Retirement Plan Considerations When Laying Off Employees

Experts from Groom Law Group and Cammack Retirement Group answer questions concerning retirement plan administration and regulations.

“Our college, like others, has closed due to the COVID-19 pandemic, and we are contemplating laying off a substantial portion of the workforce, at least temporarily. Are there any retirement plan considerations in doing so?”

Stacey Bradford, Kimberly Boberg, David Levine and David Powell, with Groom Law Group, and Michael A. Webb, vice president, Retirement Plan Services, Cammack Retirement Group, answer:

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There are a number of ways layoffs could impact your retirement plan. We list many of these below, but keep in mind that much of the impact to your plan will be dependent on your plan’s terms and the specific facts and circumstances of your situation.

One important consideration is whether employee layoffs will cause a partial termination of your plan.  Whether a partial termination has actually occurred is determined based on all of the relevant facts and circumstances, but the IRS flags the situation where at least 20% of active plan participants lose coverage under the plan due to an employer-initiated termination (such as a layoff). Note that if a partial plan termination does occur, all “affected employees” (at a minimum, those subject to layoff) must be fully vested in their account balance as of the date of the partial plan termination.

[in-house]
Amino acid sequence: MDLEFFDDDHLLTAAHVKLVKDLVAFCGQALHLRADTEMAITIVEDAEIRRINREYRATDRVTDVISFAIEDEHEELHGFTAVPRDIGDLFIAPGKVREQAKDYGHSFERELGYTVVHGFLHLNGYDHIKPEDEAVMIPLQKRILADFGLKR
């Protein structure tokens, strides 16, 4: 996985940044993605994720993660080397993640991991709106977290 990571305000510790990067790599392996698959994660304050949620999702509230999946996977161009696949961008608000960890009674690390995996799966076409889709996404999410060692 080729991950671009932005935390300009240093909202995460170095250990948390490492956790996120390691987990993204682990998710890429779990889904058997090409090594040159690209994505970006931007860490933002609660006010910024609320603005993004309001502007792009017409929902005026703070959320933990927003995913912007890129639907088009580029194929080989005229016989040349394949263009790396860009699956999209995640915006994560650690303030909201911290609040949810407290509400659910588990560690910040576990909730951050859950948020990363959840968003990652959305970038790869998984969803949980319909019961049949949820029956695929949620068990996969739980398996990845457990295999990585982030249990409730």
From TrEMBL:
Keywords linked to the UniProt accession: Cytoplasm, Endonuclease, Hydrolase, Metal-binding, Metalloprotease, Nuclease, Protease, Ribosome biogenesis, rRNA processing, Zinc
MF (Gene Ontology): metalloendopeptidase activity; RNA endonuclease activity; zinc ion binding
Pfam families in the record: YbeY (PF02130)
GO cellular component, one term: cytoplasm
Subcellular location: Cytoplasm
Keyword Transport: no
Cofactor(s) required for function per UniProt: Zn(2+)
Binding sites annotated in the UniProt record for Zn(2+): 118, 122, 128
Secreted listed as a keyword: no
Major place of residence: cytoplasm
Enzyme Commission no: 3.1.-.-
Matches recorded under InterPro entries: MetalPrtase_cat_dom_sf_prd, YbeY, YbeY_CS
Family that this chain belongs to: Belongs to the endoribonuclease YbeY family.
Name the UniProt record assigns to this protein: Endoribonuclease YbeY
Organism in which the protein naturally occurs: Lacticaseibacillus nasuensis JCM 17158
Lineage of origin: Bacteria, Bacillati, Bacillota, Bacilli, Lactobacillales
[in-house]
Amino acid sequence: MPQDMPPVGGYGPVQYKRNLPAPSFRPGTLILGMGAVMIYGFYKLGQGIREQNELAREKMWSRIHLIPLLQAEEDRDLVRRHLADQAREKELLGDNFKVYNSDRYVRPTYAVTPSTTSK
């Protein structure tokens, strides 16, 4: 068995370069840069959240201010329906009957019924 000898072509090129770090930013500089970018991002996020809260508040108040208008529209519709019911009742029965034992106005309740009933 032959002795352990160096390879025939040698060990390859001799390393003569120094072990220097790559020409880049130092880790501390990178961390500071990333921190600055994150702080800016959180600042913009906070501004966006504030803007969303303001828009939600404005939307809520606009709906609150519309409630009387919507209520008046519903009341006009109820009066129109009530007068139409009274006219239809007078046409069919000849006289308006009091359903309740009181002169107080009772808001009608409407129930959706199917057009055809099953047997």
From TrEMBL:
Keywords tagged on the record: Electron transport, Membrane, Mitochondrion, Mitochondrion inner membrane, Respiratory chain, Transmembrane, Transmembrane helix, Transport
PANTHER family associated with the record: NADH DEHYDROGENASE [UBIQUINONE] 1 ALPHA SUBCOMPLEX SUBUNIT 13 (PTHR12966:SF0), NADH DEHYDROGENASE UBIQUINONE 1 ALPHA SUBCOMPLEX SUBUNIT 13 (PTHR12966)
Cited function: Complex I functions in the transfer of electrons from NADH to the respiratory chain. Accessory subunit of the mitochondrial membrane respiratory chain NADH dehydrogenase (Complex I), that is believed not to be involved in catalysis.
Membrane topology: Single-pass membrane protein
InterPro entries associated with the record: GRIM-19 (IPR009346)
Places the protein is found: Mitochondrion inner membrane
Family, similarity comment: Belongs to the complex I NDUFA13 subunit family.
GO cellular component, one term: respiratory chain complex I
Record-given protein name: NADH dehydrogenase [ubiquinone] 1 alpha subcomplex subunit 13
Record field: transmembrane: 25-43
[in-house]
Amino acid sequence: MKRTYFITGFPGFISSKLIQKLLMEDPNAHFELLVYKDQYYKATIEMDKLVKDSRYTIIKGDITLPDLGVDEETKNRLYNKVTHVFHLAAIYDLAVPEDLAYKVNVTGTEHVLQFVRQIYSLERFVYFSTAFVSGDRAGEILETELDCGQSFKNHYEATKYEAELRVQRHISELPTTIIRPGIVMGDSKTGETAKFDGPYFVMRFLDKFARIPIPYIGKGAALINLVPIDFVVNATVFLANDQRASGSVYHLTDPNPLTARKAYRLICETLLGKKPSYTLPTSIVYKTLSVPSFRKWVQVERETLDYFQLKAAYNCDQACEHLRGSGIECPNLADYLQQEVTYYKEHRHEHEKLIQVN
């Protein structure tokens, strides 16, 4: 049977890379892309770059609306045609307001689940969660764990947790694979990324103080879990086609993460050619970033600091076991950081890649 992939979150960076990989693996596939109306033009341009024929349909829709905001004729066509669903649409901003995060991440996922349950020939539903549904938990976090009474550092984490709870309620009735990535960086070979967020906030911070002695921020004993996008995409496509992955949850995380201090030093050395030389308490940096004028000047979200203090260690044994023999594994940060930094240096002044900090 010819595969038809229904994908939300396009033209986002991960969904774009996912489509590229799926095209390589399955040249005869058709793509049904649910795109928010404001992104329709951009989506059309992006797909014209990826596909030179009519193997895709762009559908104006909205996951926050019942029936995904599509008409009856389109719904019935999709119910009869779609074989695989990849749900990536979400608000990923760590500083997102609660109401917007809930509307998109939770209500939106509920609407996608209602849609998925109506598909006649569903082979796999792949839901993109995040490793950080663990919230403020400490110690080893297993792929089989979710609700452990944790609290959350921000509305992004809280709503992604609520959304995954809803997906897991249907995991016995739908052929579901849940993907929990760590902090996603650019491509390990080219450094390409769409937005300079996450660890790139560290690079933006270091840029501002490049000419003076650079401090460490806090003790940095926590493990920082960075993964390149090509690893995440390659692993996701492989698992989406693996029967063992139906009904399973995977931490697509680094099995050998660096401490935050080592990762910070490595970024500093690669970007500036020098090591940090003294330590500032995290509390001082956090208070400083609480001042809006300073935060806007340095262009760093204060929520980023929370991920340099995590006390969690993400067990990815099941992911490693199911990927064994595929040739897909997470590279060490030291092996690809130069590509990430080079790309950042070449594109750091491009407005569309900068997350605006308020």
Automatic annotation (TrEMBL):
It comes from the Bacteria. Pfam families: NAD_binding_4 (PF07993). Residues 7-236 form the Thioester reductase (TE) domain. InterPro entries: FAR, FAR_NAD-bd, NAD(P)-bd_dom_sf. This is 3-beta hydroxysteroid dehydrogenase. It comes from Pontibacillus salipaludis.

Additionally, layoffs could impact:

  • Employer contributions – Will employer contributions still be required (e.g., safe harbor contributions, plan language that requires the participant to be employed on the last day of the plan year to receive the contribution, etc.)?
  • Nondiscrimination testing for Employee Retirement Income Security Act (ERISA) 403(b) plans – If the layoff negates your obligation to make some or all of your employer contributions for the year, does that affect whether the plan satisfies the applicable nondiscrimination testing requirements?
  • Distributions:
    • Does your plan permit distributions on severance from employment, regardless of the participant’s age (although they may be subject to the early withdrawal tax of 10% under Code section 72(t))?
    • Will CARES Act distributions be available to these employees?
  • Loans:
    • How will you treat outstanding loans (e.g., can periodic repayments continue or will the loan balance be due on termination)?
    • Will the one-year suspension period under the CARES Act be available to these participants?
    • Will these participants be eligible to take a new loan under the increased loan limits of the CARES Act?

Another item to consider is whether this will actually be a layoff or just a furlough of these employees (as you note, this treatment could be temporary).

As you can see, there are a number of considerations relating to this decision. As such, we recommend that you consult with your plan’s legal counsel.


NOTE: This feature is to provide general information only, does not constitute legal advice, and cannot be used or substituted for legal or tax advice.

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